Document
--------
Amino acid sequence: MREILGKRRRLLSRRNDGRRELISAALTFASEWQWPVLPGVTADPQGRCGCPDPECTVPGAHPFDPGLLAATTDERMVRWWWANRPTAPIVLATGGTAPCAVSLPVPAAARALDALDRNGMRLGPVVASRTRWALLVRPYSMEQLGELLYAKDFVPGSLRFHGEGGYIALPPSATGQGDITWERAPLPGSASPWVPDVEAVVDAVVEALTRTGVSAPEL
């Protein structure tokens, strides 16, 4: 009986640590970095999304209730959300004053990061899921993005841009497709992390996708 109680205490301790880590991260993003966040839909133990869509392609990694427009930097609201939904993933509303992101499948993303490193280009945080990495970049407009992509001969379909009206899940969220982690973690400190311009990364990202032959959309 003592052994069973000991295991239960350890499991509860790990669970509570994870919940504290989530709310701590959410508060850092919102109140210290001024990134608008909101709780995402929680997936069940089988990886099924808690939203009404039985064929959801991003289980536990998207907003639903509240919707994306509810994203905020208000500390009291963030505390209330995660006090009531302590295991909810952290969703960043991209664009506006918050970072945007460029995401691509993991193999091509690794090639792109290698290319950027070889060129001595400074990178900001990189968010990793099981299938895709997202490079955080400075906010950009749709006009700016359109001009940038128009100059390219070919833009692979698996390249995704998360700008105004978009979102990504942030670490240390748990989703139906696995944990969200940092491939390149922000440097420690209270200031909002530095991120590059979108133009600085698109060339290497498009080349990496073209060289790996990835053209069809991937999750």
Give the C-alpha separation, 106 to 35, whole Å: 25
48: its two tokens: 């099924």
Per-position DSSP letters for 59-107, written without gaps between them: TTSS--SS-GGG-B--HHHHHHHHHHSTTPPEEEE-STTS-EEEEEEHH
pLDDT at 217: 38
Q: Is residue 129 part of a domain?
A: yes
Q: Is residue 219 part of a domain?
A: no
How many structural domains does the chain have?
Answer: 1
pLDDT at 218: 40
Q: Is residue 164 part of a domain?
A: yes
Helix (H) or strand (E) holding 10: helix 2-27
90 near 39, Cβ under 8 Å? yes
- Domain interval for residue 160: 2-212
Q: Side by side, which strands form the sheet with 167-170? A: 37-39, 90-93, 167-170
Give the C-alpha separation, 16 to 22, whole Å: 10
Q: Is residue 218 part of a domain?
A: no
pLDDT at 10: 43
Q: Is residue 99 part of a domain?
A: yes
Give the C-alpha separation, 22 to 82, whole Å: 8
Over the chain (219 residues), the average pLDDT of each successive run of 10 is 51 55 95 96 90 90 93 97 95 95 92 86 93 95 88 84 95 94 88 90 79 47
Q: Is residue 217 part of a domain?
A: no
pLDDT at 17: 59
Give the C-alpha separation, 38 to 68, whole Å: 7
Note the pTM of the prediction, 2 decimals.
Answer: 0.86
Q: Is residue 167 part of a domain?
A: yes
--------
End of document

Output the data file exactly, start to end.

Amino acid sequence: MREILGKRRRLLSRRNDGRRELISAALTFASEWQWPVLPGVTADPQGRCGCPDPECTVPGAHPFDPGLLAATTDERMVRWWWANRPTAPIVLATGGTAPCAVSLPVPAAARALDALDRNGMRLGPVVASRTRWALLVRPYSMEQLGELLYAKDFVPGSLRFHGEGGYIALPPSATGQGDITWERAPLPGSASPWVPDVEAVVDAVVEALTRTGVSAPEL
């Protein structure tokens, strides 16, 4: 009986640590970095999304209730959300004053990061899921993005841009497709992390996708 109680205490301790880590991260993003966040839909133990869509392609990694427009930097609201939904993933509303992101499948993303490193280009945080990495970049407009992509001969379909009206899940969220982690973690400190311009990364990202032959959309 003592052994069973000991295991239960350890499991509860790990669970509570994870919940504290989530709310701590959410508060850092919102109140210290001024990134608008909101709780995402929680997936069940089988990886099924808690939203009404039985064929959801991003289980536990998207907003639903509240919707994306509810994203905020208000500390009291963030505390209330995660006090009531302590295991909810952290969703960043991209664009506006918050970072945007460029995401691509993991193999091509690794090639792109290698290319950027070889060129001595400074990178900001990189968010990793099981299938895709997202490079955080400075906010950009749709006009700016359109001009940038128009100059390219070919833009692979698996390249995704998360700008105004978009979102990504942030670490240390748990989703139906696995944990969200940092491939390149922000440097420690209270200031909002530095991120590059979108133009600085698109060339290497498009080349990496073209060289790996990835053209069809991937999750």
Give the C-alpha separation, 106 to 35, whole Å: 25
48: its two tokens: 């099924």
Per-position DSSP letters for 59-107, written without gaps between them: TTSS--SS-GGG-B--HHHHHHHHHHSTTPPEEEE-STTS-EEEEEEHH
pLDDT at 217: 38
Q: Is residue 129 part of a domain?
A: yes
Q: Is residue 219 part of a domain?
A: no
How many structural domains does the chain have?
Answer: 1
pLDDT at 218: 40
Q: Is residue 164 part of a domain?
A: yes
Helix (H) or strand (E) holding 10: helix 2-27
90 near 39, Cβ under 8 Å? yes
- Domain interval for residue 160: 2-212
Q: Side by side, which strands form the sheet with 167-170? A: 37-39, 90-93, 167-170
Give the C-alpha separation, 16 to 22, whole Å: 10
Q: Is residue 218 part of a domain?
A: no
pLDDT at 10: 43
Q: Is residue 99 part of a domain?
A: yes
Give the C-alpha separation, 22 to 82, whole Å: 8
Over the chain (219 residues), the average pLDDT of each successive run of 10 is 51 55 95 96 90 90 93 97 95 95 92 86 93 95 88 84 95 94 88 90 79 47
Q: Is residue 217 part of a domain?
A: no
pLDDT at 17: 59
Give the C-alpha separation, 38 to 68, whole Å: 7
Note the pTM of the prediction, 2 decimals.
Answer: 0.86
Q: Is residue 167 part of a domain?
A: yes